Reviews

Fiction Review by Donna Kane

Riel Nason, The Town That Drowned (Fredericton: Goose Lane, 2011). Paperbound, 280pp., $19.95.The Town That Drowned

“The beginning I remember is this.” Not “This is the beginning I remember.” The difference in word order in the opening line of Riel Nason’s The Town That Drowned might seem inconsequential, but it illustrates from the get-go one of the greatest strengths of this book— its careful use of language. The subtle shift in syntax in this first line changes the emphasis of the subject, lessens the certainty of memory. Throughout Nason’s debut novel, the masterful construction gives the book an energy that elevates our engagement with the characters.

Nason has been publishing in literary journals for several years and she has clearly been honing her craft in the process. Her novel has garnered positive reviews across the country, winning the 2012 Margaret and John Savage First Book Award, and the 2012 Commonwealth Book Prize, Canada and Europe Region. It was also a finalist for the 2012 Canadian Library Association Young Adult Book Award. So, what has made this first book so compelling?

In addition to Nason’s knack for language, she possesses an enviable intuitive sense. Nason writes with a keen logic and with the kind of wisdom that comes from an astute understanding of what it is to be human. It is a gift, and Nason brings this gift to the book’s protagonist, fourteen-year-old Ruby Carson. Written in first person, using an interior monologue or diary form, Ruby tells us her story, her recollection of how things went down in her hometown of Haventon, New Brunswick. There is an anticipation of the reader’s response in every line, and this serves to draw the reader in and to actively engage with the characters. Ruby is preternaturally wise, at times even jaded, but the maturity of her character feels genuine and fully formed. The verity of her insights is supported in part by the environment in which she lives. Who doesn’t know a child who has had to grow up fast because of an extenuating circumstance in their life? For Ruby, this circumstance stems from her younger brother, Percy. Percy is as smart as he is odd. These days, we’d probably diagnose him with a form of autism, but, true to the period in which this novel is set (1965), such terminology was not so commonplace. What we do know is Percy doesn’t like change: “It was as if the whole evolving, revolving world was by nature the problem since it would never stay still for him,” says Ruby. “Everyone thought Percy was different when he was really all about being the same.” Percy serves as a compelling symbol in a story where the catalytic event, the creation of a hydroelectric dam, causes everyone in the small New Brunswick town to undergo a change. Prior to the news of the dam, Ruby falls through the ice at a skating party. The conk to her head gives her a vision that she relays to the crowd. Ruby sees her town and its citizens drowned. Her school peers are merciless in their teasing and so, in addition to being associated with Percy, she is given her own “personalized dent in the joy of…existence.” Part of the charm of this book is that the events never take themselves too seriously. When the teasing from her classmates becomes relentless under the rule of reigning bully, June Crouse, Ruby muses, “June Crouse demands that I drown. Her singing is getting better though, more in tune. I even found myself humming ‘Beyond the Sea’ as I got dressed for school.” Ruby’s vision turns out to be accurate down to the naming of a woman unknown to the community until later in the story. But the premonition is handled so deftly it becomes a subtle point of tension, rather than a major part of the story.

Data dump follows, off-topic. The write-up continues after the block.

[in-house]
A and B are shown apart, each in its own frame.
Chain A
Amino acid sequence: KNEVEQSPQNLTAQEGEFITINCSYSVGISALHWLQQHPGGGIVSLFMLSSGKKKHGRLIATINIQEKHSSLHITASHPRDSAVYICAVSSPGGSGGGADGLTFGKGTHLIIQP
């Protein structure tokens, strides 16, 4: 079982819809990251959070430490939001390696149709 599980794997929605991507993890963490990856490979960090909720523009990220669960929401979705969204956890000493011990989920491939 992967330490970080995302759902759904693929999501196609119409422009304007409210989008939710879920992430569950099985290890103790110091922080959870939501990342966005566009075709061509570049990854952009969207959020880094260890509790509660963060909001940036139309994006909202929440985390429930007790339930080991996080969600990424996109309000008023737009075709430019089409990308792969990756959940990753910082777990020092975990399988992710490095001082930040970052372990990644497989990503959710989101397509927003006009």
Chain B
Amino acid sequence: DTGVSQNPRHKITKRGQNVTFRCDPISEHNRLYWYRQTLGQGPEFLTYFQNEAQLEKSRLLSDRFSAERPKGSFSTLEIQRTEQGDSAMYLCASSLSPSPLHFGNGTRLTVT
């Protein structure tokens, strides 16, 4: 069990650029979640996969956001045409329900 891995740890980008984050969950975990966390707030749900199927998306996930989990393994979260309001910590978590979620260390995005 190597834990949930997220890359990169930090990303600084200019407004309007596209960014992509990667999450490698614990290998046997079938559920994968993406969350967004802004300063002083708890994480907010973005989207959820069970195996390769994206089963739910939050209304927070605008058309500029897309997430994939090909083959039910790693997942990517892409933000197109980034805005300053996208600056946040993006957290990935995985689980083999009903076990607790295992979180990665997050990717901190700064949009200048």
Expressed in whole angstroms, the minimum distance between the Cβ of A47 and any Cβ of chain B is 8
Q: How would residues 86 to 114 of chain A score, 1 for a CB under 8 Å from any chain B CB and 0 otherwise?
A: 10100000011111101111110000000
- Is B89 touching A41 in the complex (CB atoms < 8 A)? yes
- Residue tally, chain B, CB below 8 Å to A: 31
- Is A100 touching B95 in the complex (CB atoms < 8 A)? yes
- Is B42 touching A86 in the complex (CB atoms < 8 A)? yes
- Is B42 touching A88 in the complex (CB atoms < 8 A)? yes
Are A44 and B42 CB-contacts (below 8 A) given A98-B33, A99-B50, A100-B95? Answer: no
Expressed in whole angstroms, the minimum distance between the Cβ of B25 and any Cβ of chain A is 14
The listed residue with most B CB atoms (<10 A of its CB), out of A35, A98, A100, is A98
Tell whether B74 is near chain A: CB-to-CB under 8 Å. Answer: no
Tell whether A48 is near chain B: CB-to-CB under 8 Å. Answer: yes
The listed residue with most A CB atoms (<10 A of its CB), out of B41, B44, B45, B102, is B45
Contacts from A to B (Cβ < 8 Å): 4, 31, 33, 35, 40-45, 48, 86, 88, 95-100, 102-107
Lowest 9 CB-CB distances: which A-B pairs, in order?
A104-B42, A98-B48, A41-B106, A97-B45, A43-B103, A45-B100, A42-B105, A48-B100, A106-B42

Nason’s story is rich with the regional touches of eastern Canada in the 1960s (Ruby’s birthday gift to an elderly neighbour is a pack of Sportsman cigarettes). This level of detail is another of the book’s strengths. From the smell of hot chocolate when Ruby regains consciousness from her fall, to the Nesbitt’s Orange pop bottle sealed with canning wax, Nason imbues every scene with sensory delight. But anything of the quaint or peculiarly local in this book takes a back seat to the voice of Ruby Carson. She is one of a kind.

—Donna Kane

As in The Malahat Review, 180, Autumn 2012, 141-142

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